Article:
~~February 10, 2015~~
NOT EVERYTHING SEEMS KOSHER … IN OTHER WORDS, IT SMELLS FISHY
WE NEED TO EDUCATE OURSELVES, STAY INFORMED AND BE ACTIVE
The Trans-Pacific Partnership (TPP) is a proposed regional regulatory and investment treaty. As of 2014, twelve countries throughout the Asia-Pacific region have participated in negotiations on the TPP: Australia, Brunei, Canada, Chile, Japan, Malaysia, Mexico, New Zealand, Peru, Singapore, the United States, and Vietnam.
The proposed agreement began in 2005 as the Trans-Pacific Strategic Partnership Agreement (TPSEP or P4). Participating countries set the goal of wrapping up negotiations in 2012, but contentious issues such as agriculture, intellectual property, and services and investments have caused negotiations to continue into the present, with the last round meeting in Ottawa from 3–12 July 2014. Implementation of the TPP is one of the primary goals of the trade agenda of the Obama administration in the United States of America.
On 12 November 2011, the nine Trans-Pacific Partnership countries announced that the TPP intended to “enhance trade and investment among the TPP partner countries, to promote innovation, economic growth and development, and to support the creation and retention of jobs.” Some global health professionals, internet freedom activists, environmentalists, organized labor, advocacy groups, and elected officials have criticized and protested the negotiations, in large part because of the proceedings’ secrecy, the agreement’s expansive scope, and controversial clauses in drafts leaked to the public.
On 16 October 2014, WikiLeaks released a second updated version of the Trans-Pacific Partnership (TPP) Intellectual Property Rights Chapter.
The TPSEP was previously known as the Pacific Three Closer Economic Partnership (P3-CEP), its negotiations launched on the sidelines of the 2002 APEC Leaders’ Meeting in Los Cabos, Mexico, by Prime Ministers Helen Clark of New Zealand, Goh Chok Tong of Singapore and Chilean President Ricardo Lagos. Brunei first took part as a full negotiating party in the fifth round of talks in April 2005, after which the trade bloc became known as the Pacific-4 (P4). Although all original and negotiating parties are members of theAsia-Pacific Economic Cooperation (APEC), the TPSEP and TPP are not APEC initiatives. However, the TPP is considered to be a pathfinder for the proposed Free Trade Area of the Asia Pacific (FTAAP), an APEC initiative.
The original agreement was concluded by Brunei, Chile, New Zealand and Singapore on 3 June 2005, and entered into force on 28 May 2006 for New Zealand and Singapore, 12 July 2006 for Brunei, and 8 November 2006 for Chile.
It is a comprehensive agreement, affecting trade in goods, rules of origin, trade remedies, sanitary and phyto-sanitary measures, technical barriers to trade, trade in services, intellectual property, government procurement and competition policy. Among other things, it called for reduction by 90 percent of all tariffs between member countries by 1 January 2006, and reduction of all trade tariffs to zero by the year 2015.
On the last day of the 2010 APEC summit, leaders of the nine negotiating countries endorsed the proposal advanced by US President Barack Obama that set a target for settlement of negotiations by the next APEC summit in November 2011.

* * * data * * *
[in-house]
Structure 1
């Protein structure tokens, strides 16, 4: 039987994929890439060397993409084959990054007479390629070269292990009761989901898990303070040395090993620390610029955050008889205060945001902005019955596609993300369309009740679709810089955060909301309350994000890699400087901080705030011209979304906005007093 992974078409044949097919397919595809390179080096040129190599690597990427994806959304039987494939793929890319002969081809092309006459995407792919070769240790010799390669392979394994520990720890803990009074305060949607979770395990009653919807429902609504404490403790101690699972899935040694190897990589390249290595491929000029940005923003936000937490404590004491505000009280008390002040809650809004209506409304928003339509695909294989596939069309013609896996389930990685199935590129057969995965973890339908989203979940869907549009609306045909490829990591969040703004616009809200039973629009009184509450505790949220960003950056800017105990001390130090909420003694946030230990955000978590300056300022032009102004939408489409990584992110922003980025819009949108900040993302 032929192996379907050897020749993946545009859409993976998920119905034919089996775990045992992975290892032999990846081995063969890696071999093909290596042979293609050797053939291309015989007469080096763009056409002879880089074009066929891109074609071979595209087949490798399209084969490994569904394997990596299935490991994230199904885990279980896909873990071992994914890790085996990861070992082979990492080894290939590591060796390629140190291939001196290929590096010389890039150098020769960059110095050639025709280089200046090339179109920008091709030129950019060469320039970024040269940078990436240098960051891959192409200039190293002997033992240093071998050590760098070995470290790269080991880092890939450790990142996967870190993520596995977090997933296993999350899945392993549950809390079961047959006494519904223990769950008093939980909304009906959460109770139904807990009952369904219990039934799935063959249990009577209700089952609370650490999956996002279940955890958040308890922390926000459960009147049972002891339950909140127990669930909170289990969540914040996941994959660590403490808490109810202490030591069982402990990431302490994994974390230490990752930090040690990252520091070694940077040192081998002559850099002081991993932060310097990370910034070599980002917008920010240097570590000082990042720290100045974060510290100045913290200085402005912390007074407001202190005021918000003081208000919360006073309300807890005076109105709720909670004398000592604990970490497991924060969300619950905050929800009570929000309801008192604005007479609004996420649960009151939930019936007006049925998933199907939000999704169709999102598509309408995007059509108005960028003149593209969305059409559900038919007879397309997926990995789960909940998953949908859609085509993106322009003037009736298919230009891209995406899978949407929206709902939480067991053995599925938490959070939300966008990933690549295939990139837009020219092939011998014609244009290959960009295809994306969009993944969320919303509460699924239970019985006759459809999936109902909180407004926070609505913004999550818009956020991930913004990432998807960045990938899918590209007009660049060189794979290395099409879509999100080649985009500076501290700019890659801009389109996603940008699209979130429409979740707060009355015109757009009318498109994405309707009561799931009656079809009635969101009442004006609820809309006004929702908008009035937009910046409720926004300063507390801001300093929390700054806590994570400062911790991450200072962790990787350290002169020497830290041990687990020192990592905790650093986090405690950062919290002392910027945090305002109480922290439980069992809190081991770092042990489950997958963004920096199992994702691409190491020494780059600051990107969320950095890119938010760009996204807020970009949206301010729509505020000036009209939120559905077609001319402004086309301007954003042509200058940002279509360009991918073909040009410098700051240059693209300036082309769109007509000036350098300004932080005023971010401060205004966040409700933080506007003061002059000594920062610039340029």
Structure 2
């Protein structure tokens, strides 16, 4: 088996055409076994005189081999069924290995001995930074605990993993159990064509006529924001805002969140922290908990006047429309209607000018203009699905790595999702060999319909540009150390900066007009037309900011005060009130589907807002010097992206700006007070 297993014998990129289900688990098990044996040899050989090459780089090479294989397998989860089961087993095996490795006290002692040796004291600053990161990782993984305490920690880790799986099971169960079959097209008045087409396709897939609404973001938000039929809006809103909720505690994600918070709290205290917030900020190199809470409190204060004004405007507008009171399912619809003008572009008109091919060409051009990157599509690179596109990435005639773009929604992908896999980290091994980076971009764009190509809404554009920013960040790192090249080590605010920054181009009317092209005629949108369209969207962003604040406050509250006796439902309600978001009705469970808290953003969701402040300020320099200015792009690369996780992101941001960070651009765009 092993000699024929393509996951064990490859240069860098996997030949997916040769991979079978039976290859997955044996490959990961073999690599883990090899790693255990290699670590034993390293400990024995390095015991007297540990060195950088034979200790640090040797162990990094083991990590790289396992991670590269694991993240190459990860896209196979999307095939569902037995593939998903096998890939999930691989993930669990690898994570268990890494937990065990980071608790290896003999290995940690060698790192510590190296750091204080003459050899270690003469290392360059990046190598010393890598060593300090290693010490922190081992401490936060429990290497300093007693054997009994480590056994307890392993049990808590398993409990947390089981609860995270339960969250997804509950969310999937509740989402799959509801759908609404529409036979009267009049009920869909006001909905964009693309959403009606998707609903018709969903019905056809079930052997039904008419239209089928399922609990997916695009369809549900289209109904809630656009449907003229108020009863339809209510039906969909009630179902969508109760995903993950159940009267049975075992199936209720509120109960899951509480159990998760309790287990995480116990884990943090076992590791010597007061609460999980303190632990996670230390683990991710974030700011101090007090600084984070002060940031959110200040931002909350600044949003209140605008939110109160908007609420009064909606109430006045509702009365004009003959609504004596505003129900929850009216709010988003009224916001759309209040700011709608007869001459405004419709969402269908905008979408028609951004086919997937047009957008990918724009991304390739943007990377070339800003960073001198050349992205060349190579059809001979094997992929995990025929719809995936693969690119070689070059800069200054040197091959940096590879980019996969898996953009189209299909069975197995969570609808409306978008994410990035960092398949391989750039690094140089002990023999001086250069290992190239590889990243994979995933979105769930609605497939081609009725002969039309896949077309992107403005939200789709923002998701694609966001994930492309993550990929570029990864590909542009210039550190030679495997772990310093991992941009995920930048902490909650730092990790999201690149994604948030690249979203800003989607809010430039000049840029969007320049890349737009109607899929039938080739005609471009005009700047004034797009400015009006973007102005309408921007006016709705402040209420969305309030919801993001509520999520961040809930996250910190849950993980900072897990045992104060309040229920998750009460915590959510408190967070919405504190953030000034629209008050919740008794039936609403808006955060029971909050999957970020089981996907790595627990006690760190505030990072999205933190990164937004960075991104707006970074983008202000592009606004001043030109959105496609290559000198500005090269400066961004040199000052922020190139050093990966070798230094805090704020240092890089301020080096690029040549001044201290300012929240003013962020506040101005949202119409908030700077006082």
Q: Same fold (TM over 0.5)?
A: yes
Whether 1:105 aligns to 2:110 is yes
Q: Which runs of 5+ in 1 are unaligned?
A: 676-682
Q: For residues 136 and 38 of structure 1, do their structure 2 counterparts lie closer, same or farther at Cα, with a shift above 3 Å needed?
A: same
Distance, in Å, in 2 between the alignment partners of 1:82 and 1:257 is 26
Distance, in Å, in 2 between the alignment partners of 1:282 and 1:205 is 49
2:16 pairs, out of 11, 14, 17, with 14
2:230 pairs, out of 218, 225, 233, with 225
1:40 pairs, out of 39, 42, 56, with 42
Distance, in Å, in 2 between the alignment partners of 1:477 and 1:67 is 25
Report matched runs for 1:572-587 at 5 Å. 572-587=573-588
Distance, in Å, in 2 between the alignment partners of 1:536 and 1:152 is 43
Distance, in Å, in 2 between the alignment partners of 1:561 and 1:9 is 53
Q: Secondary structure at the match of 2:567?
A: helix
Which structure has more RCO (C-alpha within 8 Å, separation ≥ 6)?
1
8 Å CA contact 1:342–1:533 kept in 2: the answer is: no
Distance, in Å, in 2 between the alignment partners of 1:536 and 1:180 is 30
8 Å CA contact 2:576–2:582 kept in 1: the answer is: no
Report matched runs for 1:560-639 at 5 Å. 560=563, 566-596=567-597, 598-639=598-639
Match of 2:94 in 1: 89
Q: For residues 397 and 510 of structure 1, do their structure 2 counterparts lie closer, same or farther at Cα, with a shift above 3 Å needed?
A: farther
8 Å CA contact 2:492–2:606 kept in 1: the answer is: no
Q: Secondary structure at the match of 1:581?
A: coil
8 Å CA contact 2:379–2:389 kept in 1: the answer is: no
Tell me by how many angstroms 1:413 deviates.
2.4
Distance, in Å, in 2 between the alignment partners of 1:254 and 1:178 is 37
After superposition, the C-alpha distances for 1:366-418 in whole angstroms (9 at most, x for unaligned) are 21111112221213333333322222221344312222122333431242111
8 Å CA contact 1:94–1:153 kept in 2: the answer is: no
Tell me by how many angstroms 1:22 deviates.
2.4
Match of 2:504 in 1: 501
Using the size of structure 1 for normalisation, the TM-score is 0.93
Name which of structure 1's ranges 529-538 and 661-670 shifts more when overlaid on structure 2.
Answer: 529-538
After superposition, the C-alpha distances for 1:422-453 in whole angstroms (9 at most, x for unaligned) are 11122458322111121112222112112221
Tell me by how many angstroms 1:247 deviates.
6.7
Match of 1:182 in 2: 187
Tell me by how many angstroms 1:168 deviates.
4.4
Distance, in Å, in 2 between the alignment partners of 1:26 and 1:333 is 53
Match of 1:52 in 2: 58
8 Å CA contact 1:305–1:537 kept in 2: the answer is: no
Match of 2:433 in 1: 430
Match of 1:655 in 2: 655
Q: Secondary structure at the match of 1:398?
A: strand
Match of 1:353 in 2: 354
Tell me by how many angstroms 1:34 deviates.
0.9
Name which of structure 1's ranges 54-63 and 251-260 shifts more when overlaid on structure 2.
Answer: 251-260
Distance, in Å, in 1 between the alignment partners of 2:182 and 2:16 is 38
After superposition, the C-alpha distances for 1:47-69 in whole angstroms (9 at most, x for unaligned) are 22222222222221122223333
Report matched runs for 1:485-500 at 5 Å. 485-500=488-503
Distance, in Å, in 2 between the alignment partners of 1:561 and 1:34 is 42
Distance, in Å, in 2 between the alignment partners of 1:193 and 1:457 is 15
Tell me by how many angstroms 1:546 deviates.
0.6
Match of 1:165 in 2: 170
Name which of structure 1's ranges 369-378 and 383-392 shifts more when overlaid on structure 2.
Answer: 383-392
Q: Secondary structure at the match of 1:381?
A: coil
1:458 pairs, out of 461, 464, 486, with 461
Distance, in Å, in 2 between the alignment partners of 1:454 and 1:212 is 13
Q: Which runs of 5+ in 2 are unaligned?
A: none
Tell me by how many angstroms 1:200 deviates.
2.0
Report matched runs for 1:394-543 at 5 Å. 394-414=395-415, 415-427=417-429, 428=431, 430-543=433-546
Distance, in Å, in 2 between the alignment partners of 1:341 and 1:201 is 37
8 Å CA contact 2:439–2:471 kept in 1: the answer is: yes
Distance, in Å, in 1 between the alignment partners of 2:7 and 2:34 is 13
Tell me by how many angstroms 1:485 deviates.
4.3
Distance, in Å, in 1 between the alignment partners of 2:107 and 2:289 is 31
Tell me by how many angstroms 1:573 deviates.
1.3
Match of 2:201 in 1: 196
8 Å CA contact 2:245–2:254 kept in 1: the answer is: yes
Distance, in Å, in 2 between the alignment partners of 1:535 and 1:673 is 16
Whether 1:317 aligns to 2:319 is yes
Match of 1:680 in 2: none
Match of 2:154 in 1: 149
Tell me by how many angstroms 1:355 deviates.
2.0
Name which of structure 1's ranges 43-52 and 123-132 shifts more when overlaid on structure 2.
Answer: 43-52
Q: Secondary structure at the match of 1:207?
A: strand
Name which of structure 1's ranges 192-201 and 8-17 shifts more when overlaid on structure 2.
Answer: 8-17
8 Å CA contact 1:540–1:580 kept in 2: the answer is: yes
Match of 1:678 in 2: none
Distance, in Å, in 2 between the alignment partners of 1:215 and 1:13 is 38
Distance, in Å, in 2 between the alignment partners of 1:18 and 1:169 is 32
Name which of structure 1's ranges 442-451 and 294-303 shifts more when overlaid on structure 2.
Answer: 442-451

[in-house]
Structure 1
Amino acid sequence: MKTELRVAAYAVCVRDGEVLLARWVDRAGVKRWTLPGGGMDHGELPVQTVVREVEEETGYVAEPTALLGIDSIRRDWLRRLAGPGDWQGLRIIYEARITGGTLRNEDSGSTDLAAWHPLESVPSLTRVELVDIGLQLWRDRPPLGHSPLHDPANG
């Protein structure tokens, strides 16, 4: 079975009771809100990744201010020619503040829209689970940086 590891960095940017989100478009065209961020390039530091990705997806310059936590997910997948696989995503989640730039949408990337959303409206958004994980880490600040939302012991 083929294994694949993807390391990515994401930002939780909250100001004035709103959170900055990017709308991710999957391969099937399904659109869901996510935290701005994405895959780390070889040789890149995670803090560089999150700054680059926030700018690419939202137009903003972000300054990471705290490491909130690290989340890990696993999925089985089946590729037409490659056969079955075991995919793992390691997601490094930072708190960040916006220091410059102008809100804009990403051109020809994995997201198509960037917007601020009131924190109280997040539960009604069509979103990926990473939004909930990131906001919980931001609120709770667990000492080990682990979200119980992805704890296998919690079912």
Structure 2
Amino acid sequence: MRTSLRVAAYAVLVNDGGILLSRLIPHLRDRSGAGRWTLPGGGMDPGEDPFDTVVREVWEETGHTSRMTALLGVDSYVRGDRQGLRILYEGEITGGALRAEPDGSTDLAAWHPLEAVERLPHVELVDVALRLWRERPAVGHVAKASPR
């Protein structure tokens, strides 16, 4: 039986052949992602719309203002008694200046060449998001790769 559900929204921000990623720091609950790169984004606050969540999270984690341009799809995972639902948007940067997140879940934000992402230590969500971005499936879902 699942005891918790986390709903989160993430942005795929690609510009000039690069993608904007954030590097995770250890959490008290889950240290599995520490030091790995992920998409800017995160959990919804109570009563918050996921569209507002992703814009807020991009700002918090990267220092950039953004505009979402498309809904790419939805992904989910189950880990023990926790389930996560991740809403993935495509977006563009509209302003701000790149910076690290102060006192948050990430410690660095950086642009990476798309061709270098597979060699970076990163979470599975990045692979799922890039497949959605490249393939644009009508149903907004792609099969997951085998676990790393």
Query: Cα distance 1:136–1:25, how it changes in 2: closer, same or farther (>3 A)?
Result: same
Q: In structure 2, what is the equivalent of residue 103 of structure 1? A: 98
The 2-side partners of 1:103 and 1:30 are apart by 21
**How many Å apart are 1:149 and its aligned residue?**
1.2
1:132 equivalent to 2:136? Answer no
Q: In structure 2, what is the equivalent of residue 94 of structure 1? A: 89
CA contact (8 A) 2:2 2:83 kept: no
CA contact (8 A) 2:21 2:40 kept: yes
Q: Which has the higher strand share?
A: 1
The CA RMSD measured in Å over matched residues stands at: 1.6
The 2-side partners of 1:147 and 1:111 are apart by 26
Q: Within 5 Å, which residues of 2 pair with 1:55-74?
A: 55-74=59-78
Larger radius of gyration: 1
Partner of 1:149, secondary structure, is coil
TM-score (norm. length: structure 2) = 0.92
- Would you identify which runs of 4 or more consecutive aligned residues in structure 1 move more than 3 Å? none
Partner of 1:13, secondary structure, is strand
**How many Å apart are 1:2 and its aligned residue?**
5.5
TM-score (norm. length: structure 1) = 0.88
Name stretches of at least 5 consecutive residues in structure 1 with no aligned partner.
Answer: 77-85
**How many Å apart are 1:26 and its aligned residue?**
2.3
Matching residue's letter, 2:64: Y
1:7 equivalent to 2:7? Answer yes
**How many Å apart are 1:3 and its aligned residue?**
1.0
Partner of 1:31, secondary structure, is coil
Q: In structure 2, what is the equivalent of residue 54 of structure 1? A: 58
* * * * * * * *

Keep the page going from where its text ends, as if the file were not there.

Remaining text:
However, negotiations have continued through 2012, 2013 and 2014.
“As it appears in …. full read”
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#WeAllAreOne #ItIsWhatItIs #DrRex #hrexachwordpress
~~A TPP Update 2014~~
~~Published on Mar 3, 2014~~
President Obama nominated Robert Holleyman as deputy US trade representative. If confirmed by the US Senate, Holleyman will help lead the effort to pass the controversial Trans-Pacific Partnership trade deal.
Notably, Holleyman is a former lobbyist who led efforts to pass the Stop Online Piracy Act legislation, better known as SOPA, when he was leader of the Business Software Alliance. The SOPA debate (along with its sister legislation, PROTECT-IP, in the Senate) brought a spotlight on industry efforts to undermine Internet freedom through what many considered to be draconian intellectual property policy.
Critics have pointed out, the leaked TPP documents relating to TPP negotiations reveal that the United States is seeking to resurrect portions of the SOPA bill through the TPP, namely, holding Internet Service Providers liable for hosting copyright infringement and extending the copyright life of certain corporate-owned copyrights. As Washington Post blogger Henry Farrell noted, the proposed TPP provisions suggest the deal will advance intellectual property rules that “could not be achieved through an open democratic process.”
During the SOPA debate, Holleyman was chief executive of the Business Software Alliance, a trade group for software companies including IBM. Holleyman commended then – Judiciary Chairman Lamar Smith for his work in sponsoring SOPA and for pushing for its passage. In 2012, as the bill worked its way through Congress, the BSA spent over $1.6 million on lobbying. After widespread outrage against the bill, which eventually failed, BSA withdrew official support and sought similar policy changes through other legislation.
~~What is The TPP?~~
~~Published on Nov 11, 2013~~
The Trans-Pacific Partnership Agreement (or TPP for short) is being negotiated in secret between more than 12 countries around the Pacific region. Find out why it poses a huge threat to your digital freedoms.
~~TPP: The Dirtiest Trade Deal You’ve Never Heard Of~~
~~Published on Nov 7, 2014~~
Find out more, speak up and spread the word:
http://www.StopFastTrack.com; http://www.ExposeTheTPP.org; http://www.sumofus.org/tpp
The Trans-Pacific Partnership (TPP) could cost us our internet freedom, labor rights, access to affordable medicine, the safety of our food, and protections that keep our water and air clean.
We ALL are ONE!!